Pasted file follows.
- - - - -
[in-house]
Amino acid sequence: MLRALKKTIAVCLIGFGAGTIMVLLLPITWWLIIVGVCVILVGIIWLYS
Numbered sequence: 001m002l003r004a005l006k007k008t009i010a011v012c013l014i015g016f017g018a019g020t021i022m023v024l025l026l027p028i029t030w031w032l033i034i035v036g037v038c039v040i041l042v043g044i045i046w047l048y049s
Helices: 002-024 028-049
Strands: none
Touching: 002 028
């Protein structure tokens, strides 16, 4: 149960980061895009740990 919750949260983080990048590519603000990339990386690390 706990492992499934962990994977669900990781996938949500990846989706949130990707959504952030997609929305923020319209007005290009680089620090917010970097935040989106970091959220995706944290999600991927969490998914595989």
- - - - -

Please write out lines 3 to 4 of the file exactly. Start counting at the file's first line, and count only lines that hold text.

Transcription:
Numbered sequence: 001m002l003r004a005l006k007k008t009i010a011v012c013l014i015g016f017g018a019g020t021i022m023v024l025l026l027p028i029t030w031w032l033i034i035v036g037v038c039v040i041l042v043g044i045i046w047l048y049s
Helices: 002-024 028-049